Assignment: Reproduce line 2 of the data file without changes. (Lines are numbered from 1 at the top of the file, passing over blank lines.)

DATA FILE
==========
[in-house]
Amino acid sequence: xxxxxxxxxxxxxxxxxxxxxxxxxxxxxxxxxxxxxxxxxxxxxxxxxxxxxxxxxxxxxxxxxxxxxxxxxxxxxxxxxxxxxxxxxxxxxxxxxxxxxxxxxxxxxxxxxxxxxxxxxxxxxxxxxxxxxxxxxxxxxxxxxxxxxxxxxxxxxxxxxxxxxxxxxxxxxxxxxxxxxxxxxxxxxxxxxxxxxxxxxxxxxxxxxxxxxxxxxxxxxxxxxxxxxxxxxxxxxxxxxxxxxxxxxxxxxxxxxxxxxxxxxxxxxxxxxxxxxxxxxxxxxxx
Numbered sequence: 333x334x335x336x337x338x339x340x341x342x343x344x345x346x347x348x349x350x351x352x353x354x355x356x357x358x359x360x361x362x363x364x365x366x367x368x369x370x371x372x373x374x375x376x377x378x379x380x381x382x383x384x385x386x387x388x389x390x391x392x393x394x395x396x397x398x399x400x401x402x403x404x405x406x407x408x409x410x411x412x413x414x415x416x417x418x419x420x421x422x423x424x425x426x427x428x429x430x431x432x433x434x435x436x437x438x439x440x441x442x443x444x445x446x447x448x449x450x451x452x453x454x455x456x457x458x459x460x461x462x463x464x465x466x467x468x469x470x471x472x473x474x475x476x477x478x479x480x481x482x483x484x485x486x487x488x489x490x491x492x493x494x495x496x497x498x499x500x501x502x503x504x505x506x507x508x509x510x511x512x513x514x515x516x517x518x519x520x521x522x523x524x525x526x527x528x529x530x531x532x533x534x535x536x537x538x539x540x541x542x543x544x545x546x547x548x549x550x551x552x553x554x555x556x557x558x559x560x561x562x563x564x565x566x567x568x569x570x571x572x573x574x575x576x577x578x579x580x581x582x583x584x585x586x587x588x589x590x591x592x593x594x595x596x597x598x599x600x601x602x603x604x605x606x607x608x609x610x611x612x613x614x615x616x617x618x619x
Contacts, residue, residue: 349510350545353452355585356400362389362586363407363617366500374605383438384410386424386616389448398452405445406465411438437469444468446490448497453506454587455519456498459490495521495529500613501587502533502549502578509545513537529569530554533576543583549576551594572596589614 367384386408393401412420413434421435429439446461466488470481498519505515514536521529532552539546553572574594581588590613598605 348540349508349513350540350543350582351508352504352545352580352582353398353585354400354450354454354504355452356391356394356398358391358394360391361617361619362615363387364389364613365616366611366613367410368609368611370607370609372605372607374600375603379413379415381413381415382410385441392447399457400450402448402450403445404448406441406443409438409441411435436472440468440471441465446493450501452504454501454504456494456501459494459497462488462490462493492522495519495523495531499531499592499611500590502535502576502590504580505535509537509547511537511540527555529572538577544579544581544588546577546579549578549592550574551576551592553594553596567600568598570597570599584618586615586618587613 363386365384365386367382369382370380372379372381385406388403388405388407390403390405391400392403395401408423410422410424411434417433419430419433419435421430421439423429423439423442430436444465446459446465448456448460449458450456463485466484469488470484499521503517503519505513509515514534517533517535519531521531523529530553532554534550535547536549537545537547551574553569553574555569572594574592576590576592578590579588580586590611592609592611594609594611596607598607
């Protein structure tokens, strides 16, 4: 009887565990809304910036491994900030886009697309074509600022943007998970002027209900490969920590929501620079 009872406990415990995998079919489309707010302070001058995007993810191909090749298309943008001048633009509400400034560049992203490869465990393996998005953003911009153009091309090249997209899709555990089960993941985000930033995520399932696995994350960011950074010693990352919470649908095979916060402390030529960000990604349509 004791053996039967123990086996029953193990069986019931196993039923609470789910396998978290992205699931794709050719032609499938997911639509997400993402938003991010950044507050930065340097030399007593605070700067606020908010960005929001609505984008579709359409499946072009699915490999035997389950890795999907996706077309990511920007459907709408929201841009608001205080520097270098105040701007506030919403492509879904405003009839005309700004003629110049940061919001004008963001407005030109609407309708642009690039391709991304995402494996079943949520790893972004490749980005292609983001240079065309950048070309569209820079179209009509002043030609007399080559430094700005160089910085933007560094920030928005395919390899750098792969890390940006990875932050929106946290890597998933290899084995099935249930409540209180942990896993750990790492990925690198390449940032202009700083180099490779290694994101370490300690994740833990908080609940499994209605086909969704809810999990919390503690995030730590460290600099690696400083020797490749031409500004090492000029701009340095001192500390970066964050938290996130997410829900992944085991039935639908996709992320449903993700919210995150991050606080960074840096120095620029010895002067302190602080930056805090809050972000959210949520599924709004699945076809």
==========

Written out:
Amino acid sequence: xxxxxxxxxxxxxxxxxxxxxxxxxxxxxxxxxxxxxxxxxxxxxxxxxxxxxxxxxxxxxxxxxxxxxxxxxxxxxxxxxxxxxxxxxxxxxxxxxxxxxxxxxxxxxxxxxxxxxxxxxxxxxxxxxxxxxxxxxxxxxxxxxxxxxxxxxxxxxxxxxxxxxxxxxxxxxxxxxxxxxxxxxxxxxxxxxxxxxxxxxxxxxxxxxxxxxxxxxxxxxxxxxxxxxxxxxxxxxxxxxxxxxxxxxxxxxxxxxxxxxxxxxxxxxxxxxxxxxxxxxxxxxxx